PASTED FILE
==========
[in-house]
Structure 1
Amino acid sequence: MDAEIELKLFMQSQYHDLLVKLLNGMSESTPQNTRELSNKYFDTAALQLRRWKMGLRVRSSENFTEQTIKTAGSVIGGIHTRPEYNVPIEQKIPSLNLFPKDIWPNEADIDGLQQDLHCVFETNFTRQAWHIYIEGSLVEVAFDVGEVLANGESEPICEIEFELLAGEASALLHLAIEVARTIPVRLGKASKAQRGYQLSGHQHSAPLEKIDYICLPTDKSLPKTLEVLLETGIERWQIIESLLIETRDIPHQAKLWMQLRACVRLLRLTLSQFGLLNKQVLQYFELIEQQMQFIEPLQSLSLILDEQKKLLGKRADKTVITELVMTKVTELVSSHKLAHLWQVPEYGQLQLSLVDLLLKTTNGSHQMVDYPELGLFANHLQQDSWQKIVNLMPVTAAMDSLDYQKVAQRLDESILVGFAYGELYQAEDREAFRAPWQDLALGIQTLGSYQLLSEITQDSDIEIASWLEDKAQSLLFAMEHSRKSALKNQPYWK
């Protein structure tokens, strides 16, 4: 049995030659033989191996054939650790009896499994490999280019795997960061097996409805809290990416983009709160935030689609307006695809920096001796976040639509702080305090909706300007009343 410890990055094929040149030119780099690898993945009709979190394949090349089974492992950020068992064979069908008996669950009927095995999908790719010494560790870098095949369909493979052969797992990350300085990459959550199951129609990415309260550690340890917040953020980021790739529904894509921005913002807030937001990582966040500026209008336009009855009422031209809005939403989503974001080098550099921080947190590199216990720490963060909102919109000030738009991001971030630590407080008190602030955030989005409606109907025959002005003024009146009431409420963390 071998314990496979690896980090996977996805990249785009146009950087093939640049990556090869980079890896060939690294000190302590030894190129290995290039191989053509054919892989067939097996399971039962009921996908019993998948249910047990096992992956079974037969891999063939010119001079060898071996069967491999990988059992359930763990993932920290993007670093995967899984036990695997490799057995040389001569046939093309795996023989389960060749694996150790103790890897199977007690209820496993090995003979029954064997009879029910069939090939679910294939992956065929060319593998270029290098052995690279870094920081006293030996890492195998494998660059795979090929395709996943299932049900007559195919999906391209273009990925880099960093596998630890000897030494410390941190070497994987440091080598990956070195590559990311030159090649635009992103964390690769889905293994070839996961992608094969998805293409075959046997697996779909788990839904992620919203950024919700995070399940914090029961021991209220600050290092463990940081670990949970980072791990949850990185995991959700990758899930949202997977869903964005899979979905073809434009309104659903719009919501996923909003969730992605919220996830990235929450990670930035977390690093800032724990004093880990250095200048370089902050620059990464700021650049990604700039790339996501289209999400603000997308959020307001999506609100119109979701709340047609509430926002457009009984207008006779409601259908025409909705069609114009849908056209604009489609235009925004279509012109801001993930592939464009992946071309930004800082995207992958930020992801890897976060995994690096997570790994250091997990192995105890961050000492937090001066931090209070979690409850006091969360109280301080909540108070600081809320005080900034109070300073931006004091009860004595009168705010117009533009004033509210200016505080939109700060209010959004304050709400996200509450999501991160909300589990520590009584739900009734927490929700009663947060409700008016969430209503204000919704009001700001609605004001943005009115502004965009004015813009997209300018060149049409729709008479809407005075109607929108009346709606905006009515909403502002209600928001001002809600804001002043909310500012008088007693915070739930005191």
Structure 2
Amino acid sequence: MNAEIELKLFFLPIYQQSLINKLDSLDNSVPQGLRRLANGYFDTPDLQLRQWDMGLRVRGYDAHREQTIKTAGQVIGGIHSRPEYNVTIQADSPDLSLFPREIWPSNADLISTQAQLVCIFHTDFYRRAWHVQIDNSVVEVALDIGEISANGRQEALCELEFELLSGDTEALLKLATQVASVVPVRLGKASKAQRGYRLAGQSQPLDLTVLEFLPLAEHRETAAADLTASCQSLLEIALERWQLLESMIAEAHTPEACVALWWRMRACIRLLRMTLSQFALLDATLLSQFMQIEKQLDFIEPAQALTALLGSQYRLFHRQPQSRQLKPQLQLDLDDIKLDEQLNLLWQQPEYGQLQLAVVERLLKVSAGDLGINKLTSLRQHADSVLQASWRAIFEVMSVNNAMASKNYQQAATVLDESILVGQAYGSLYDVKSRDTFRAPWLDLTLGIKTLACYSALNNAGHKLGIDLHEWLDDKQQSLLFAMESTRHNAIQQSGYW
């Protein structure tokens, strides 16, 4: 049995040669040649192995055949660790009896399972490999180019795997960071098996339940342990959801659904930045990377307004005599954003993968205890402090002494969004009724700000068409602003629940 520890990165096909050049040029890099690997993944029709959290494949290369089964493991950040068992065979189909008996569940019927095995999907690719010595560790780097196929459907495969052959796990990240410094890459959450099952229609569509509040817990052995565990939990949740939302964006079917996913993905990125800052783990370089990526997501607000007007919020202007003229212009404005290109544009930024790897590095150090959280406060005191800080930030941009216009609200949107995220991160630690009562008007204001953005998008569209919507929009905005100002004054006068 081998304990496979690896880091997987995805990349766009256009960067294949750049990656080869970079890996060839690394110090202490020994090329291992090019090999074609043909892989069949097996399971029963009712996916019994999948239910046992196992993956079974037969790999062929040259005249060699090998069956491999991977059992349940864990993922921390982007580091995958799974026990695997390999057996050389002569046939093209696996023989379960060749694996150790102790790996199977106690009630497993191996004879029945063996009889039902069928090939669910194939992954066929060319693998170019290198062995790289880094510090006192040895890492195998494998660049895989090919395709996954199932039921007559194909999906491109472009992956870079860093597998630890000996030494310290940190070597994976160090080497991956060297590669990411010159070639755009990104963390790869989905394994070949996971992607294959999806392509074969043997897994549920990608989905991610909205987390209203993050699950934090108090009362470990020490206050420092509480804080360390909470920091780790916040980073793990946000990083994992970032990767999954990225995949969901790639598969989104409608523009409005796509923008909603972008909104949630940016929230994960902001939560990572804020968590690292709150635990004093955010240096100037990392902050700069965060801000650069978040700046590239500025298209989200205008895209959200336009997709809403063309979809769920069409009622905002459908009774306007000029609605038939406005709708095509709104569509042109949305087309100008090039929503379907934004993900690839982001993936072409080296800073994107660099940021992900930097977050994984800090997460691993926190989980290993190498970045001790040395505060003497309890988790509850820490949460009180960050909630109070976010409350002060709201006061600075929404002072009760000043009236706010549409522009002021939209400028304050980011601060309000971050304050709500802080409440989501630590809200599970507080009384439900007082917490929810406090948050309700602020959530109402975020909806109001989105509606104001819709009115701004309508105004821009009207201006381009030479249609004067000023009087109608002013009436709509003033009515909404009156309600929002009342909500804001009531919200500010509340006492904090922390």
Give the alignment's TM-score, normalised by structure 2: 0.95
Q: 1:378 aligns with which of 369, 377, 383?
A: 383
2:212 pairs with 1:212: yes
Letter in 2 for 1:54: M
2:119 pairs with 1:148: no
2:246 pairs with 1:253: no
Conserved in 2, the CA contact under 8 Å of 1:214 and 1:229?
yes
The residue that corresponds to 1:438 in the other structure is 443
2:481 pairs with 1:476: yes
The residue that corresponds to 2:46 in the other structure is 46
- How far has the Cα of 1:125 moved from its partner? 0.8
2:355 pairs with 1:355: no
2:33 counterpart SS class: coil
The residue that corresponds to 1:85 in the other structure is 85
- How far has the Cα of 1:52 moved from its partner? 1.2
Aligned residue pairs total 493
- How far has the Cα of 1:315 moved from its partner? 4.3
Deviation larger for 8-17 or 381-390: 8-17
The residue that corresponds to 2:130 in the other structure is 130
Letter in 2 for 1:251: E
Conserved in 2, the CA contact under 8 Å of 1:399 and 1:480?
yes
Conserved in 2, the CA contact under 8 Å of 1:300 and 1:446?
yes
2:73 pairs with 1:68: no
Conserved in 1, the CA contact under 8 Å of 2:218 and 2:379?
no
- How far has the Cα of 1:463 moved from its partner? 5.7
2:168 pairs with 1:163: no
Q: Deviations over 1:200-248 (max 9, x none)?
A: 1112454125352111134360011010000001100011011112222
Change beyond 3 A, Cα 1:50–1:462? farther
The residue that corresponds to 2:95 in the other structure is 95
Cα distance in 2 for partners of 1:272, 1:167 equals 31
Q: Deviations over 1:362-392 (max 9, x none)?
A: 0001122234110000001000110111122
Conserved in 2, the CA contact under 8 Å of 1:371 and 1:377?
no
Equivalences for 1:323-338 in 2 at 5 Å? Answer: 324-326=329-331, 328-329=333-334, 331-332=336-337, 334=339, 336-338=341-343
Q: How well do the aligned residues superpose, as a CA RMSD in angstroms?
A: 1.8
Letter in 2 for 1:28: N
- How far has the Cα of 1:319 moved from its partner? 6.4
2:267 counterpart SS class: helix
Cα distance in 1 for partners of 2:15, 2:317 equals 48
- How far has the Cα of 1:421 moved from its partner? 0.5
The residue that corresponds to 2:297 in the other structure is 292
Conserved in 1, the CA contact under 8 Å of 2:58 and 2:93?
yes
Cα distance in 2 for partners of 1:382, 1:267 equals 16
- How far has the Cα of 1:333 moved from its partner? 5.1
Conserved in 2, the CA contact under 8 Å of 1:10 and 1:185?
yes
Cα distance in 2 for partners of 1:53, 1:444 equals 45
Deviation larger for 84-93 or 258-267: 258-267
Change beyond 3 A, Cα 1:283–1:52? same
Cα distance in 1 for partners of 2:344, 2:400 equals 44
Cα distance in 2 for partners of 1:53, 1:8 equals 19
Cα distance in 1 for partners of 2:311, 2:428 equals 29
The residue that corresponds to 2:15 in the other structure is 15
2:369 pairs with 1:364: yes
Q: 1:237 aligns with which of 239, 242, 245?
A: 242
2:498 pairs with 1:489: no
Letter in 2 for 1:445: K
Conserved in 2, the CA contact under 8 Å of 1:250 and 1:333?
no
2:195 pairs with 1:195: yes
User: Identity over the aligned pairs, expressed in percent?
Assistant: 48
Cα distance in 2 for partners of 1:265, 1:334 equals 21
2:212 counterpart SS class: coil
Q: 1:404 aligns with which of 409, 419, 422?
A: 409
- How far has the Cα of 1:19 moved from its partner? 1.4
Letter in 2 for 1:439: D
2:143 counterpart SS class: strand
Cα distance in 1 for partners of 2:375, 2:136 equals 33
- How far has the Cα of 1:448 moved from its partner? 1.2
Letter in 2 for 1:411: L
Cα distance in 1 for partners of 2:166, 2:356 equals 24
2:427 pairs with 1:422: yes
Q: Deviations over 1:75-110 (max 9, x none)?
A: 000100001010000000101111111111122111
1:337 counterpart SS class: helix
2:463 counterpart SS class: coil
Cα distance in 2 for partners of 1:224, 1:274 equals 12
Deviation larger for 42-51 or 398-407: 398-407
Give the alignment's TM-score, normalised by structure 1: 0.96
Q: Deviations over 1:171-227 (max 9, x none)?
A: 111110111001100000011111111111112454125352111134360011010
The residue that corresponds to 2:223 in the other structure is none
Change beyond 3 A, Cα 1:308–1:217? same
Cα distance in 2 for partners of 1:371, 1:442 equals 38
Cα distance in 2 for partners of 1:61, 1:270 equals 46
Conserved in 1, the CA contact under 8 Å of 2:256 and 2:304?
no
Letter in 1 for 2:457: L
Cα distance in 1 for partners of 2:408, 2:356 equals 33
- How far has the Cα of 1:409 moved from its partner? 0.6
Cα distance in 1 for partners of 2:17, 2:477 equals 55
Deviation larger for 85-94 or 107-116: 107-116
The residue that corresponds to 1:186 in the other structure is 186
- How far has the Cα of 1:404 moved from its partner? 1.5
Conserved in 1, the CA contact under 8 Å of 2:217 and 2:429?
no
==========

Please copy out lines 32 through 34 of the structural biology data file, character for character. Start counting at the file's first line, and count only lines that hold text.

Conserved in 2, the CA contact under 8 Å of 1:300 and 1:446?
yes
2:73 pairs with 1:68: no